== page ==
Adelaide is a planned city, but despite that, seems very English. It was planned to be for the superior sort of British person, and is very proud of being the only state capital without any trace of convict origins.
The streets are wide and empty, parks and open spaces abound, the rush hour lasts for about twenty minutes and it must be a lovely place to live. The South Australian Museum is a wonderful place.
And the Barossa valley, with all its vineyards, is a short drive away.
And it is on the coast.
And to cap all its advantages I was able to get my lens fixed. I was travelling with only one lens – a powerful zoom – and it would no longer focus at the telephoto end of the zoom. Hence the lack of kangaroo photos. A Google search gave me the address of a Nikon repair technician and he cured the problem with a blast of compressed air. At least I think that is what he did – he was very coy about his methods. In any case I now have a fully functional camera and lens.
Worried by the potential loss of my camera, and by the logistics of carrying such a large camera in difficult conditions I decided to get a spare which would be easier to use on our forthcoming trek in New Zealand. So I got a Canon G12 which is a lot smaller and lighter than my Nikon D300. The quality of the pictures taken are less good but they are adequate for blogging purposes. I will continue to use the Nikon when in civilised places but the Canon will be used in the bush. But in the meantime I need to get up to speed with the G12 so will be using it quite a lot.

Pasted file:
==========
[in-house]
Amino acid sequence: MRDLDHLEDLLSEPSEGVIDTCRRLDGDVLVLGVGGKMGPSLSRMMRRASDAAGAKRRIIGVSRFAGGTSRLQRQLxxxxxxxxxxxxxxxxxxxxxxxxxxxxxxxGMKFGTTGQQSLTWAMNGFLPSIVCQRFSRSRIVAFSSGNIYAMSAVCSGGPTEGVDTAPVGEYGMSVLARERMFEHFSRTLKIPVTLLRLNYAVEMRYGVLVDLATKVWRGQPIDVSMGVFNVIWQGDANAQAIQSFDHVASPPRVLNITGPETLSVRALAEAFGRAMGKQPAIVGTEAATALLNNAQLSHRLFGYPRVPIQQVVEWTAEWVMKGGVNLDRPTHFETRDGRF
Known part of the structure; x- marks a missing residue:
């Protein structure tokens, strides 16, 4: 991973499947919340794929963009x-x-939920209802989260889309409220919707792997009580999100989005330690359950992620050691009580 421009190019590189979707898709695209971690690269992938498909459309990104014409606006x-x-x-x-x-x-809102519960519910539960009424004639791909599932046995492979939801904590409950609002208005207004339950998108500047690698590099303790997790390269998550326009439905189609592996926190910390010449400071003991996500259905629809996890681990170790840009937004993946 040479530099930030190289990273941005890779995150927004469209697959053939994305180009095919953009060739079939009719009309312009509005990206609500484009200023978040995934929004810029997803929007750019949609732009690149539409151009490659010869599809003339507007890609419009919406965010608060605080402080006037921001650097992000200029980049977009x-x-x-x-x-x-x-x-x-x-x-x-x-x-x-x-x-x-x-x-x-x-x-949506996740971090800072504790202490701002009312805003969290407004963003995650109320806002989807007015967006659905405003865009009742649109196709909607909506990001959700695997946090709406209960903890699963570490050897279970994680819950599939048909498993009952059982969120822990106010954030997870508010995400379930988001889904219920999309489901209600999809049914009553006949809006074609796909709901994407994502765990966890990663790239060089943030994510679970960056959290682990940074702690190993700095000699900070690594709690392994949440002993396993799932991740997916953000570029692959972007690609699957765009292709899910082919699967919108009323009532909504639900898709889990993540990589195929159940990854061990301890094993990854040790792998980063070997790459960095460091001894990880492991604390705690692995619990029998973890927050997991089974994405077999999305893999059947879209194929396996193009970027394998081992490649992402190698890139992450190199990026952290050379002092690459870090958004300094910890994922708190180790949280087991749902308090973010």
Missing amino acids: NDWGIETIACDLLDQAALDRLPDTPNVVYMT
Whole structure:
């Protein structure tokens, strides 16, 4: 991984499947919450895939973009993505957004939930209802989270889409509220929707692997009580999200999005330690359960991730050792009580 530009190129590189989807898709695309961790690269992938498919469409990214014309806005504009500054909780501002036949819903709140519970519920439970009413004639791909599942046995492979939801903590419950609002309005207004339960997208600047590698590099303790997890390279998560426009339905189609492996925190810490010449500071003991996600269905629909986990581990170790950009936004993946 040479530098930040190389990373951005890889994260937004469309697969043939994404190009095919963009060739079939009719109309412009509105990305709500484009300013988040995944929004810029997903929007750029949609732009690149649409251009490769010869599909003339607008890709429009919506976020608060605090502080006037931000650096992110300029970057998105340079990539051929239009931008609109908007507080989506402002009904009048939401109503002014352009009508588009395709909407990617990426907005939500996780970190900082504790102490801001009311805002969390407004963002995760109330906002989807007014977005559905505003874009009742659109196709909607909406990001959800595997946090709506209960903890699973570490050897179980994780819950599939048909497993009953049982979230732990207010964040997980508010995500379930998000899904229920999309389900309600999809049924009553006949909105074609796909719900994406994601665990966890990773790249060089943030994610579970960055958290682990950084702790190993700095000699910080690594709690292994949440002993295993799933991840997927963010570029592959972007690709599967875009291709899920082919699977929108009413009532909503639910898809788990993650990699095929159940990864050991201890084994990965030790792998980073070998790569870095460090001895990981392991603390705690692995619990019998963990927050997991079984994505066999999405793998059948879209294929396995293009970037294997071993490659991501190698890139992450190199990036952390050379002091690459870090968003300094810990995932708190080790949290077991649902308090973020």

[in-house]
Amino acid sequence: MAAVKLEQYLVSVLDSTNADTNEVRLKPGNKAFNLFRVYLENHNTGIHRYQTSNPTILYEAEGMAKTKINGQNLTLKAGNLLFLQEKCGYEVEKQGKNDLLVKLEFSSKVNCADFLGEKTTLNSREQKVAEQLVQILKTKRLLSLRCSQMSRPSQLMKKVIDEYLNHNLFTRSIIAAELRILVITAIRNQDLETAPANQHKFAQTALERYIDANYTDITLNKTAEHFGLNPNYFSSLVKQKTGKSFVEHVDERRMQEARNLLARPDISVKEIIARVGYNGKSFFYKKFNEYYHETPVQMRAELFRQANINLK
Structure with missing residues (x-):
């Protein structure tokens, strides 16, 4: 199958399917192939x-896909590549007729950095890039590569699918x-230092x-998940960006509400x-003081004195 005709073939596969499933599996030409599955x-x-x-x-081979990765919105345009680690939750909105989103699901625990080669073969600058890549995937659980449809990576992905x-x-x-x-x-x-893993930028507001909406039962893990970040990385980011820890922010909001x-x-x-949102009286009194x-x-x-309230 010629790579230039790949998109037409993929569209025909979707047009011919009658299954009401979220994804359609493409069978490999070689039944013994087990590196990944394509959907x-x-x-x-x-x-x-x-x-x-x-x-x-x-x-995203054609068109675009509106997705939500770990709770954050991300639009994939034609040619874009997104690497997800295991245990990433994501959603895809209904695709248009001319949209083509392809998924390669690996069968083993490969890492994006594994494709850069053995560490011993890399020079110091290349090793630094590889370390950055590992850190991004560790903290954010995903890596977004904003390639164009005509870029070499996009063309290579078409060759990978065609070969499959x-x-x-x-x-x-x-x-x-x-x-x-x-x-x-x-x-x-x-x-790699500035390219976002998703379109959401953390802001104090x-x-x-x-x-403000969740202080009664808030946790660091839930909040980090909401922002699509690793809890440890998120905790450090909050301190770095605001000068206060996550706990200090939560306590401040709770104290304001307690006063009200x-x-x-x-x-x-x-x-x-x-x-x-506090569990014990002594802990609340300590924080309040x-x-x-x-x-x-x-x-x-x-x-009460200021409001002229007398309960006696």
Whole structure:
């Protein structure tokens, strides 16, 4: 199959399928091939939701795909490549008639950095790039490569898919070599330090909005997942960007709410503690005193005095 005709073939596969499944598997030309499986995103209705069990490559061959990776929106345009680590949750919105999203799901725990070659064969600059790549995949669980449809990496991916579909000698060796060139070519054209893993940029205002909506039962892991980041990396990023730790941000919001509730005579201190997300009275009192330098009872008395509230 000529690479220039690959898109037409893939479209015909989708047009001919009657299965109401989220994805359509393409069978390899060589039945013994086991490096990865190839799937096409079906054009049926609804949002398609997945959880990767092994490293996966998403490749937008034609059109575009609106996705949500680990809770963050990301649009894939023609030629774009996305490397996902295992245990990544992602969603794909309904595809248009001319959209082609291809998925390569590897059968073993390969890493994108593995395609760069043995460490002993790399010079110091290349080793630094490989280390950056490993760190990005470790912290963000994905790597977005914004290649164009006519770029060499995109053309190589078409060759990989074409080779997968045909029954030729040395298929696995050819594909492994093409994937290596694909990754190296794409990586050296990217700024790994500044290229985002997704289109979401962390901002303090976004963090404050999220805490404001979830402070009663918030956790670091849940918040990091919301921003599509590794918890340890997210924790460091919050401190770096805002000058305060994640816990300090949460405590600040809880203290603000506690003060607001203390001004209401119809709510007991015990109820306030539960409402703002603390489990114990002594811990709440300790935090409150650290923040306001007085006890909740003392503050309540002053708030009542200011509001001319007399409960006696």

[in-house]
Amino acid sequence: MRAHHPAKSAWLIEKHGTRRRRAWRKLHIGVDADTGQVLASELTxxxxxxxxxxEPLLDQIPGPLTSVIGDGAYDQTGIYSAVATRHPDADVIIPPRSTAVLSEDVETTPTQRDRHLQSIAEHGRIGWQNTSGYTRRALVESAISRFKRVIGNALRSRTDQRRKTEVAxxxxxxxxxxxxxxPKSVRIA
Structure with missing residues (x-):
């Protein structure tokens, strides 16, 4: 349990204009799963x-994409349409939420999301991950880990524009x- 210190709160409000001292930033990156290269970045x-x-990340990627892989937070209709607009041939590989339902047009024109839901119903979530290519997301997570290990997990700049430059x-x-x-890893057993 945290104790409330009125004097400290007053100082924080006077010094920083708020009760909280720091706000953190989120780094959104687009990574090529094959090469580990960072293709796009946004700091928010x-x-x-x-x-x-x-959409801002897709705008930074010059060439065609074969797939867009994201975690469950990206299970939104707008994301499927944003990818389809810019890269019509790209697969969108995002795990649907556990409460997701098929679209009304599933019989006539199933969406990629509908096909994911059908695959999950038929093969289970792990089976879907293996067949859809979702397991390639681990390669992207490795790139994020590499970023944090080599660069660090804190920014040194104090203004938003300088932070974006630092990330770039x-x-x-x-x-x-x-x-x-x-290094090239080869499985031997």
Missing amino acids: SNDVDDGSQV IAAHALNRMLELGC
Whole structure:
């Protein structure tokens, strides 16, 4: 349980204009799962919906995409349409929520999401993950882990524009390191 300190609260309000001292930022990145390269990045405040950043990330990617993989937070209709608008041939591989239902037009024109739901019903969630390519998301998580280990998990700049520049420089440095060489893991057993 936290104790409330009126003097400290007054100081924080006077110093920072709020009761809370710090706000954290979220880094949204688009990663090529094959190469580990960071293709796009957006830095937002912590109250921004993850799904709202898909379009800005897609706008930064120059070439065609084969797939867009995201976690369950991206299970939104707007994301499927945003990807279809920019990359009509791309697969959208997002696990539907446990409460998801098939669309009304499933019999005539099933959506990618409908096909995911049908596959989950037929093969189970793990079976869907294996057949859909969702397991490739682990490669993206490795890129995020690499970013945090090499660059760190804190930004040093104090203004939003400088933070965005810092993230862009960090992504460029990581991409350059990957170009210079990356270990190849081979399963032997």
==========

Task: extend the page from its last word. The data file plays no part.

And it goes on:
While in Adelaide one of Alasdair’s pals from university, a biologist called Charlie, took us on a tour of the Adelaide Hills. This was an opportunity to learn a bit about the city and about living in the place. Apparently it can be cold for a few days in winter and as few houses have central heating, it is a time for wooly jumpers and gathering round the electric fire. But the highlight of the tour was getting very close to a Koala Bear near the summit of Mount Lofty!
We flew to Perth on Thursday 16th December and were met by an old friend of mine from University. Julie is our hostess for the start of our stay in Western Australia. More University friends, John and Ann, will be our hosts later in our stay.
I won’t give a chronological diary of what we did, but just mention some of the places we visited.
The vast majority of Western Australia (WA) is made of very old, Archean, rocks but most West Australians live on very recent beach deposits, close to the sea. You can see the most recent version of these deposits at Point Peron where the sand dunes are partially consolidated and “reinforced” by plant roots which have been replaced by sandy limestone.
And at other parts the deposits are just sand dunes which are still being worked by wind and wave. Once you get your eye in, you can see the successive lines of sand dunes, parallel to the coast.
The pelican has nothing to do with rocks, but I love the mad eyes!
On Christmas Eve John and Ann took us in their small motorboat over the sea to Rottnest Island. This is an old sand dune complex which was once joined to the mainland, but now cut off by sea level rises. It got its name from passing Dutch sailors who mistook quaggas (a small version of kangaroo which abounds on the island) for rats, or rotts in Dutch. They must have been at sea for a long time.
There are some splendid beaches on the island with very good snorkelling. And it has the most southerly coral reef in Australia. This was probably not much consolation to the Aborigines who were kept prisoner there until 1903.
In the heart of Perth is King’s Park which is a tremendous place to visit.
I will add to this when I can. But we are off to the south west part of Western Australia soon and that will be a separate post.